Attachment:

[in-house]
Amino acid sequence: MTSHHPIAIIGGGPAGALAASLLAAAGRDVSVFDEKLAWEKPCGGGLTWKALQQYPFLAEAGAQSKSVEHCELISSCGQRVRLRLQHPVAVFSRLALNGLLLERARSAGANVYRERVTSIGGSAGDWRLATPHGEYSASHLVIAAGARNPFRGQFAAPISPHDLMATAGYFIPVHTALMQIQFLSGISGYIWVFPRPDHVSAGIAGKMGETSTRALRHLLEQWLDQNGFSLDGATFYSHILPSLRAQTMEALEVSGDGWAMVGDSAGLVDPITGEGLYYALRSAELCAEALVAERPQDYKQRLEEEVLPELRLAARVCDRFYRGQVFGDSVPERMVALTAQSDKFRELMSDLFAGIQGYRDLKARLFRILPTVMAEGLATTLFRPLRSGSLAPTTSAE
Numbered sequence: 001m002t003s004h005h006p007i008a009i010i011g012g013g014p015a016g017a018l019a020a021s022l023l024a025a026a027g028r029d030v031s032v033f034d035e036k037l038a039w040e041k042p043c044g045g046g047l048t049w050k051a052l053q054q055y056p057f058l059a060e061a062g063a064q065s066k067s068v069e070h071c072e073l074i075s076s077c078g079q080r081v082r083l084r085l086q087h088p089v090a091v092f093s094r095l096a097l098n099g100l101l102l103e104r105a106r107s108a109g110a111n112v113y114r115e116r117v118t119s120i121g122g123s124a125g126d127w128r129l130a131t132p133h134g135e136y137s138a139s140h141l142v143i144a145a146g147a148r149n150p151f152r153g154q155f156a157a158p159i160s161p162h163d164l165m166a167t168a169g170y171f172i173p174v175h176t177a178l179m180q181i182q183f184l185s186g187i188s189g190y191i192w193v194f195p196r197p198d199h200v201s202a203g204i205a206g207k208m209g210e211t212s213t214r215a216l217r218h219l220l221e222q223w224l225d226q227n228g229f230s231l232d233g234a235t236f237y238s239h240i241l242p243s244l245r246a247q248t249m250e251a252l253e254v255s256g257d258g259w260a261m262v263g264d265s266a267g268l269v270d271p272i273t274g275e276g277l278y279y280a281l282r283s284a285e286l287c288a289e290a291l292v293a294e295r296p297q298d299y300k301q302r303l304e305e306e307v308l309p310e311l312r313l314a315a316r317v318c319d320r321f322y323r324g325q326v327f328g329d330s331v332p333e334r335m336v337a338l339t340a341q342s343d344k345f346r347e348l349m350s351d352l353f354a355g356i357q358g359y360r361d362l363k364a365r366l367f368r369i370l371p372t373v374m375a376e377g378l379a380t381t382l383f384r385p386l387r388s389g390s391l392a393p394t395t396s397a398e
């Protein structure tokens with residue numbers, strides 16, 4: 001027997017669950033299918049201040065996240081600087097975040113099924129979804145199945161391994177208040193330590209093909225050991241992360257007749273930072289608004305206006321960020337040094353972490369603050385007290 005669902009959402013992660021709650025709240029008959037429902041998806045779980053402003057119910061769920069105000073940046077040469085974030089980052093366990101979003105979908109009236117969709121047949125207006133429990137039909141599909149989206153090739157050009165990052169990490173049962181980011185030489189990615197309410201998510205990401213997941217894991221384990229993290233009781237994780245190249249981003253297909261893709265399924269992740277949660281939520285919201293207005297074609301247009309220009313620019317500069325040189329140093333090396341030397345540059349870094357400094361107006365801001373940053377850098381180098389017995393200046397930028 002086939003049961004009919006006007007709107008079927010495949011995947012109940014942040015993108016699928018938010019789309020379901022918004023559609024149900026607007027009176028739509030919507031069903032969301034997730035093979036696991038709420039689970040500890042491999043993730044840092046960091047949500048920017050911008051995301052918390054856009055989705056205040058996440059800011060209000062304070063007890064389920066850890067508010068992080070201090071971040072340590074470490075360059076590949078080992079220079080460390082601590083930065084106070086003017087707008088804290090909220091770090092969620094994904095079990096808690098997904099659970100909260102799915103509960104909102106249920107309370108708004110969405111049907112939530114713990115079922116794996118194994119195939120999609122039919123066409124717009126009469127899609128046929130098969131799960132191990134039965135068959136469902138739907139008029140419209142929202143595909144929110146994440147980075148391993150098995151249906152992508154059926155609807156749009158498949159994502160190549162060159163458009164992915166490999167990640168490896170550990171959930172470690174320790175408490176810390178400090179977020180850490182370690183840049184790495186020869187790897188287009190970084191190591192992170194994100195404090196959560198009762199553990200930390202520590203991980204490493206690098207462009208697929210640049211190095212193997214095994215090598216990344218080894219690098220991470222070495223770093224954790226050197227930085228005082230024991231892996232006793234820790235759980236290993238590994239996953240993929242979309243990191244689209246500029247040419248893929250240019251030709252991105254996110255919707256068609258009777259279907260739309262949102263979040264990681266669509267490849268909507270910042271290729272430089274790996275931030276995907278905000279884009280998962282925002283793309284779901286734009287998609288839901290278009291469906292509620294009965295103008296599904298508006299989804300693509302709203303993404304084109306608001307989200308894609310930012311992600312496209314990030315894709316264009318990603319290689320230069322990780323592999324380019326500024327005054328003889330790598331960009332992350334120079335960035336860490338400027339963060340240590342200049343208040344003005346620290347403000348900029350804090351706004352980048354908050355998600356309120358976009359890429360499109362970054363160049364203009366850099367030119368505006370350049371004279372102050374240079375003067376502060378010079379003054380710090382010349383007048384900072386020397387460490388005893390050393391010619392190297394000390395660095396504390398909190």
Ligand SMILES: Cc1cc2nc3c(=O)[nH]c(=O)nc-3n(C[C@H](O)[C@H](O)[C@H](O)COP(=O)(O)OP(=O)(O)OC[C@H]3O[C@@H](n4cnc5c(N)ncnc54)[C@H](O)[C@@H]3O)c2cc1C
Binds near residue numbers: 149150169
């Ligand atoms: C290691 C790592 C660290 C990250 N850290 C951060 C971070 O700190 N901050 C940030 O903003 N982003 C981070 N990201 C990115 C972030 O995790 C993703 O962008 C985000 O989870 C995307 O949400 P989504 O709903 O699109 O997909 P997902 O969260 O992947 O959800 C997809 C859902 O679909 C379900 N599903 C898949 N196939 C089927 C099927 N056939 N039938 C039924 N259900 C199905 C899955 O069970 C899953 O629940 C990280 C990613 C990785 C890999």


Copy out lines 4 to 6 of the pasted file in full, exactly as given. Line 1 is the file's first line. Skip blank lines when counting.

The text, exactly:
């Protein structure tokens with residue numbers, strides 16, 4: 001027997017669950033299918049201040065996240081600087097975040113099924129979804145199945161391994177208040193330590209093909225050991241992360257007749273930072289608004305206006321960020337040094353972490369603050385007290 005669902009959402013992660021709650025709240029008959037429902041998806045779980053402003057119910061769920069105000073940046077040469085974030089980052093366990101979003105979908109009236117969709121047949125207006133429990137039909141599909149989206153090739157050009165990052169990490173049962181980011185030489189990615197309410201998510205990401213997941217894991221384990229993290233009781237994780245190249249981003253297909261893709265399924269992740277949660281939520285919201293207005297074609301247009309220009313620019317500069325040189329140093333090396341030397345540059349870094357400094361107006365801001373940053377850098381180098389017995393200046397930028 002086939003049961004009919006006007007709107008079927010495949011995947012109940014942040015993108016699928018938010019789309020379901022918004023559609024149900026607007027009176028739509030919507031069903032969301034997730035093979036696991038709420039689970040500890042491999043993730044840092046960091047949500048920017050911008051995301052918390054856009055989705056205040058996440059800011060209000062304070063007890064389920066850890067508010068992080070201090071971040072340590074470490075360059076590949078080992079220079080460390082601590083930065084106070086003017087707008088804290090909220091770090092969620094994904095079990096808690098997904099659970100909260102799915103509960104909102106249920107309370108708004110969405111049907112939530114713990115079922116794996118194994119195939120999609122039919123066409124717009126009469127899609128046929130098969131799960132191990134039965135068959136469902138739907139008029140419209142929202143595909144929110146994440147980075148391993150098995151249906152992508154059926155609807156749009158498949159994502160190549162060159163458009164992915166490999167990640168490896170550990171959930172470690174320790175408490176810390178400090179977020180850490182370690183840049184790495186020869187790897188287009190970084191190591192992170194994100195404090196959560198009762199553990200930390202520590203991980204490493206690098207462009208697929210640049211190095212193997214095994215090598216990344218080894219690098220991470222070495223770093224954790226050197227930085228005082230024991231892996232006793234820790235759980236290993238590994239996953240993929242979309243990191244689209246500029247040419248893929250240019251030709252991105254996110255919707256068609258009777259279907260739309262949102263979040264990681266669509267490849268909507270910042271290729272430089274790996275931030276995907278905000279884009280998962282925002283793309284779901286734009287998609288839901290278009291469906292509620294009965295103008296599904298508006299989804300693509302709203303993404304084109306608001307989200308894609310930012311992600312496209314990030315894709316264009318990603319290689320230069322990780323592999324380019326500024327005054328003889330790598331960009332992350334120079335960035336860490338400027339963060340240590342200049343208040344003005346620290347403000348900029350804090351706004352980048354908050355998600356309120358976009359890429360499109362970054363160049364203009366850099367030119368505006370350049371004279372102050374240079375003067376502060378010079379003054380710090382010349383007048384900072386020397387460490388005893390050393391010619392190297394000390395660095396504390398909190």
Ligand SMILES: Cc1cc2nc3c(=O)[nH]c(=O)nc-3n(C[C@H](O)[C@H](O)[C@H](O)COP(=O)(O)OP(=O)(O)OC[C@H]3O[C@@H](n4cnc5c(N)ncnc54)[C@H](O)[C@@H]3O)c2cc1C
Binds near residue numbers: 149150169